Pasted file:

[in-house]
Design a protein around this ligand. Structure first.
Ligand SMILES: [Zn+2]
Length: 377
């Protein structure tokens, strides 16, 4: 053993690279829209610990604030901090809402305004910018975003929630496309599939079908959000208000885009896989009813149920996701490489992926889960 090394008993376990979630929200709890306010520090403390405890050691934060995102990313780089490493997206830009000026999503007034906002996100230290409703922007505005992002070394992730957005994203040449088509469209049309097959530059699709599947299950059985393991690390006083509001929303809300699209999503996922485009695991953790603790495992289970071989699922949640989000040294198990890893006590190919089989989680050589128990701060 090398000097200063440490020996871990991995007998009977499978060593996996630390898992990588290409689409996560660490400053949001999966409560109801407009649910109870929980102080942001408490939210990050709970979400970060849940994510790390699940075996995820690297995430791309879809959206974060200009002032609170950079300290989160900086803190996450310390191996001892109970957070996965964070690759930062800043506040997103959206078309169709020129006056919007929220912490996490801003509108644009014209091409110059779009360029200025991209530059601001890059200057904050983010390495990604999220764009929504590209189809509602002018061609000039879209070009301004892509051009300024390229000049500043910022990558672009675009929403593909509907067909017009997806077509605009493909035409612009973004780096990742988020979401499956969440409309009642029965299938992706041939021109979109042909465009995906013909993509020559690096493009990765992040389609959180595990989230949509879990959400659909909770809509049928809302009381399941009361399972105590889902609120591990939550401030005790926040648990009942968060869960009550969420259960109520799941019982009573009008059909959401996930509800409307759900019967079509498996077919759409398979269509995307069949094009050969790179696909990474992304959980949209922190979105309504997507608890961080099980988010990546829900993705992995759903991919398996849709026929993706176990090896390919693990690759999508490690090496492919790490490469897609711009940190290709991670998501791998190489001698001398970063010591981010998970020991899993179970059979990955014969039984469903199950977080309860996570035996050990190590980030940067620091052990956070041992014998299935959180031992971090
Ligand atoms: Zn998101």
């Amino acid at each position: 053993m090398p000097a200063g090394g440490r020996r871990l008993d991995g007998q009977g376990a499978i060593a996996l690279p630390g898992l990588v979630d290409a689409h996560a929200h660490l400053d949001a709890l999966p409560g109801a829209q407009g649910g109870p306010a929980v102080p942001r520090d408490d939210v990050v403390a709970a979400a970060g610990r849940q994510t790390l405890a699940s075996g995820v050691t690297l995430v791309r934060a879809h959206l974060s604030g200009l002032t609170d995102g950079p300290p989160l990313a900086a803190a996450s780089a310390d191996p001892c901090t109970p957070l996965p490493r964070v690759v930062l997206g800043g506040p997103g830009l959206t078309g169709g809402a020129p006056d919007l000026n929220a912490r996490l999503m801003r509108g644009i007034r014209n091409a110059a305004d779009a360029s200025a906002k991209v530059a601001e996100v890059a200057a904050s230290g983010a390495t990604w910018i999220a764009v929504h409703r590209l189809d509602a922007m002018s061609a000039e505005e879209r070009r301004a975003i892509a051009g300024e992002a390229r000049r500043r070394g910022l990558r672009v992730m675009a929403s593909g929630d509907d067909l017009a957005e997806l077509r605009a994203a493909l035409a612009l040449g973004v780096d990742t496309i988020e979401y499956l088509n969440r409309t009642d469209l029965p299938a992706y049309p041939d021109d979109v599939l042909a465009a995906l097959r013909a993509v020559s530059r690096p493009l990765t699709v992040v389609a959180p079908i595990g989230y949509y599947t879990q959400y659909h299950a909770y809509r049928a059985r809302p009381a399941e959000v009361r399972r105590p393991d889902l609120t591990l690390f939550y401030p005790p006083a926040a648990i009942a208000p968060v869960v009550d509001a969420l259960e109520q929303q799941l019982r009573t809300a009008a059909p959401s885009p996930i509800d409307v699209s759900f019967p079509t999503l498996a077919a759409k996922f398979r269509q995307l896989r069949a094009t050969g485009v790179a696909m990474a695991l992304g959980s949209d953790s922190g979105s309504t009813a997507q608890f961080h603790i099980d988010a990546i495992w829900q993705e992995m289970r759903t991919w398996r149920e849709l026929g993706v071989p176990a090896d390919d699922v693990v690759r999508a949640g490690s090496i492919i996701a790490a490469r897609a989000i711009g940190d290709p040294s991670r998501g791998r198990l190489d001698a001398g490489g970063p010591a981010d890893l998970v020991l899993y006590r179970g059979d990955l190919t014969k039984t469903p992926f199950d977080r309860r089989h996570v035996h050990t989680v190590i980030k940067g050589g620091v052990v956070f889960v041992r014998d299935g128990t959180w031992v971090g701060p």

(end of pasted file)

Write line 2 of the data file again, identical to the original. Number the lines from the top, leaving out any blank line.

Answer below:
Design a protein around this ligand. Structure first.